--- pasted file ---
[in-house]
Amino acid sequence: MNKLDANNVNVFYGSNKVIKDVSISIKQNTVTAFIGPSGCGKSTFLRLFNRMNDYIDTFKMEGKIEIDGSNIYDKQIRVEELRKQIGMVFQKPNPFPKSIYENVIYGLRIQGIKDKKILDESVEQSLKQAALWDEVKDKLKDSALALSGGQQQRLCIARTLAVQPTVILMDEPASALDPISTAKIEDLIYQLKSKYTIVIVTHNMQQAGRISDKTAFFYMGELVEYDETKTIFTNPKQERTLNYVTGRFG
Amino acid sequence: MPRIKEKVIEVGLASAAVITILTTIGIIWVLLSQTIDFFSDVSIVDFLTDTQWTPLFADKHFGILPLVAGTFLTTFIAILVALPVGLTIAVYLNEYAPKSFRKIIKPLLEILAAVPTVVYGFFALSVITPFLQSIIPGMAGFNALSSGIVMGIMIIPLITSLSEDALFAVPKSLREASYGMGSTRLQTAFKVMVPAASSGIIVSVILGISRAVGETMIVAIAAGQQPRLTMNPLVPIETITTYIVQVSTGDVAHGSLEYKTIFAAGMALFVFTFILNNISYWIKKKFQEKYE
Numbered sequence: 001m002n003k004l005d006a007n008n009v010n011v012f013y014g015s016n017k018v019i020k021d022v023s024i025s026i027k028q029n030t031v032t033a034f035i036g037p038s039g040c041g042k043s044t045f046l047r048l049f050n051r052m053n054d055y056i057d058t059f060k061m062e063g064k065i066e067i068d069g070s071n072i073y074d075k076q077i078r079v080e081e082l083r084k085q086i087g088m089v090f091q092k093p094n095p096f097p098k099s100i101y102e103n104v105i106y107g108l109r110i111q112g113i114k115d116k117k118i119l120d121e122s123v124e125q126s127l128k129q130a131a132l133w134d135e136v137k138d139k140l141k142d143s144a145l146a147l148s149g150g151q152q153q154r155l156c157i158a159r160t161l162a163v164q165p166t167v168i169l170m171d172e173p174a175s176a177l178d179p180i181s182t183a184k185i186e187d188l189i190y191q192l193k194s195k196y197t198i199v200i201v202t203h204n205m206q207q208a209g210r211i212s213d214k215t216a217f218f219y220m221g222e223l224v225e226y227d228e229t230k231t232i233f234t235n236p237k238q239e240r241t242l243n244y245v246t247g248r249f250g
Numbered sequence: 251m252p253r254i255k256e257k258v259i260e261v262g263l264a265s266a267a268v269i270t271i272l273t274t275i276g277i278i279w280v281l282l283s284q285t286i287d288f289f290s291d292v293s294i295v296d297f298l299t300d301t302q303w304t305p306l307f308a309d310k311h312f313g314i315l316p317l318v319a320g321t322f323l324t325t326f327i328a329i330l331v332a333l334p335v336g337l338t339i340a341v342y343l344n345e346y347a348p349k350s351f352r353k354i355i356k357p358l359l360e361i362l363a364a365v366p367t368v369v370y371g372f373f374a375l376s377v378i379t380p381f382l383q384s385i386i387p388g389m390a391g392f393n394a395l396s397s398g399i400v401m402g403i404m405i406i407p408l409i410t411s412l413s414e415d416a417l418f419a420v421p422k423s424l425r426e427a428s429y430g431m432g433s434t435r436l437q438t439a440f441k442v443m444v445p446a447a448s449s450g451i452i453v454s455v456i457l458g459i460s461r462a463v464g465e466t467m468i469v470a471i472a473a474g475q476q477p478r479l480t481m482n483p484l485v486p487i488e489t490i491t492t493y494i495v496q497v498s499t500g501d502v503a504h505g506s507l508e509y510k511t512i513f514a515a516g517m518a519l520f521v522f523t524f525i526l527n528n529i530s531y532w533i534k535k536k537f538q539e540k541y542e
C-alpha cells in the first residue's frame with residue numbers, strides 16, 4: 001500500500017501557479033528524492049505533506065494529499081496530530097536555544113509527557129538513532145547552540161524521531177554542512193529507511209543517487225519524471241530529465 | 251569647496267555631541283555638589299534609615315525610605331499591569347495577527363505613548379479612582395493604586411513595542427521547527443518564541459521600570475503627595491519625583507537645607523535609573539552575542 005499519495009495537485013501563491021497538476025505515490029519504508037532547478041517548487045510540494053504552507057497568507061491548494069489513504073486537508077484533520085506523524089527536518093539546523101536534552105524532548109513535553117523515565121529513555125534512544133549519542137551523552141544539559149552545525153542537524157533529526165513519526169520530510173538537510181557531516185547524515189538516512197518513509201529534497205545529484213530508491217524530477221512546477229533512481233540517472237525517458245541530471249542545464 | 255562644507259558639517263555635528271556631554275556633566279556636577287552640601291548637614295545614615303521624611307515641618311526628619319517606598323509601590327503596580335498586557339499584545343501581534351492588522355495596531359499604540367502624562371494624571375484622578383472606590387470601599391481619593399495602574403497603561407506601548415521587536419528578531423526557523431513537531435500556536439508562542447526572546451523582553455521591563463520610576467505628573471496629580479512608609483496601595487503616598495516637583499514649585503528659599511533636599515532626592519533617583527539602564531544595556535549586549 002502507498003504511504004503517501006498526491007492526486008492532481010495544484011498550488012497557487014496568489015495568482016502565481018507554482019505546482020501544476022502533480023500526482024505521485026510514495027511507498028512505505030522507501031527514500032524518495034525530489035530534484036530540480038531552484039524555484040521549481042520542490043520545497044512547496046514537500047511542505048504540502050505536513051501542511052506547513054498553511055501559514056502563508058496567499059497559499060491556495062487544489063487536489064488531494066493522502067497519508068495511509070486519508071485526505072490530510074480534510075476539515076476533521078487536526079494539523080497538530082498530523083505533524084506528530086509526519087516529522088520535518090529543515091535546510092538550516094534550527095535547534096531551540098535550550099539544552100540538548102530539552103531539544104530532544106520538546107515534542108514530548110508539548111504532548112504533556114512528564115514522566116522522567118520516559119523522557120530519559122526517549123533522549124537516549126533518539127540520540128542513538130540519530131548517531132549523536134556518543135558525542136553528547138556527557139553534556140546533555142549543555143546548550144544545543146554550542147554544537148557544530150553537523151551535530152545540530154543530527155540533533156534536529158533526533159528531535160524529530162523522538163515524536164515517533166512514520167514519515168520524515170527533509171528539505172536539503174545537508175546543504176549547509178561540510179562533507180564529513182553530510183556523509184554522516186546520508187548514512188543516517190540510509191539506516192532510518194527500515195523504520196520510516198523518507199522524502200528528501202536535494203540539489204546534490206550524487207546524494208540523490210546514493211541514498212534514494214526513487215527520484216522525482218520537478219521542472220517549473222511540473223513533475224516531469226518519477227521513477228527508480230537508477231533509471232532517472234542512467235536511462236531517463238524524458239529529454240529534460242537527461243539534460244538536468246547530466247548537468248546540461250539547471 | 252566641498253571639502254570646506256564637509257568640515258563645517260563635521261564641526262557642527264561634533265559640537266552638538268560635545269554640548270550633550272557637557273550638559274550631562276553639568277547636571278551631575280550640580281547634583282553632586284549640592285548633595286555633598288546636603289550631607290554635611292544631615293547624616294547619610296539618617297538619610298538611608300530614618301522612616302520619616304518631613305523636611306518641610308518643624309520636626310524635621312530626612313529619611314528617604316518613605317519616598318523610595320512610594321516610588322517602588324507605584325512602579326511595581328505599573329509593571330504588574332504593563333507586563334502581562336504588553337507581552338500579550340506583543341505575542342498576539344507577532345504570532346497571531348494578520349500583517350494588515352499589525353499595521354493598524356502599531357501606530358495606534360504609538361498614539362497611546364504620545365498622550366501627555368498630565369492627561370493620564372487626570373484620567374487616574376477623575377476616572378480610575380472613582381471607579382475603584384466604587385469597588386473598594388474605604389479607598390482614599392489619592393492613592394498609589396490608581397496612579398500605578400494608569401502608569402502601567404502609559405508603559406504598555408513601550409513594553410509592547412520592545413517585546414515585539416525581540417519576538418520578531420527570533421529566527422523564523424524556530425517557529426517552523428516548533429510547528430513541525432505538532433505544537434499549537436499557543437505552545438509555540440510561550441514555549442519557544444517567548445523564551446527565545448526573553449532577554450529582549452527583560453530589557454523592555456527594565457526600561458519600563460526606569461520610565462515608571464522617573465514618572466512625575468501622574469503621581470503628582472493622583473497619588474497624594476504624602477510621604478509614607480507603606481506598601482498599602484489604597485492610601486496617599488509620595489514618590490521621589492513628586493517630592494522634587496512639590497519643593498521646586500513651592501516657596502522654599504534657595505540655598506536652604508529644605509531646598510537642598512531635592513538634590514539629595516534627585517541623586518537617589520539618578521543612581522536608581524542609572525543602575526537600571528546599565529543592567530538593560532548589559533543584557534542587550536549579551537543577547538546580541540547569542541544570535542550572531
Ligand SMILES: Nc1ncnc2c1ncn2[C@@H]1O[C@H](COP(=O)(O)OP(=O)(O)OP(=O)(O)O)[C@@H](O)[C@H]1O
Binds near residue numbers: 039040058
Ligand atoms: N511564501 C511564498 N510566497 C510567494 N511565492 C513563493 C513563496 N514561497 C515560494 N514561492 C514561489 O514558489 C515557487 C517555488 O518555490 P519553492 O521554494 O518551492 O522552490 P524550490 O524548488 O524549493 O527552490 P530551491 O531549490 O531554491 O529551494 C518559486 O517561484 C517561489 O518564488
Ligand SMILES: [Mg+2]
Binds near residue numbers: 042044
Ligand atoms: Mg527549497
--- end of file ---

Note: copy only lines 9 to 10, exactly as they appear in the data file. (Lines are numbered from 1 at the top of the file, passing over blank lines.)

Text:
Ligand atoms: N511564501 C511564498 N510566497 C510567494 N511565492 C513563493 C513563496 N514561497 C515560494 N514561492 C514561489 O514558489 C515557487 C517555488 O518555490 P519553492 O521554494 O518551492 O522552490 P524550490 O524548488 O524549493 O527552490 P530551491 O531549490 O531554491 O529551494 C518559486 O517561484 C517561489 O518564488
Ligand SMILES: [Mg+2]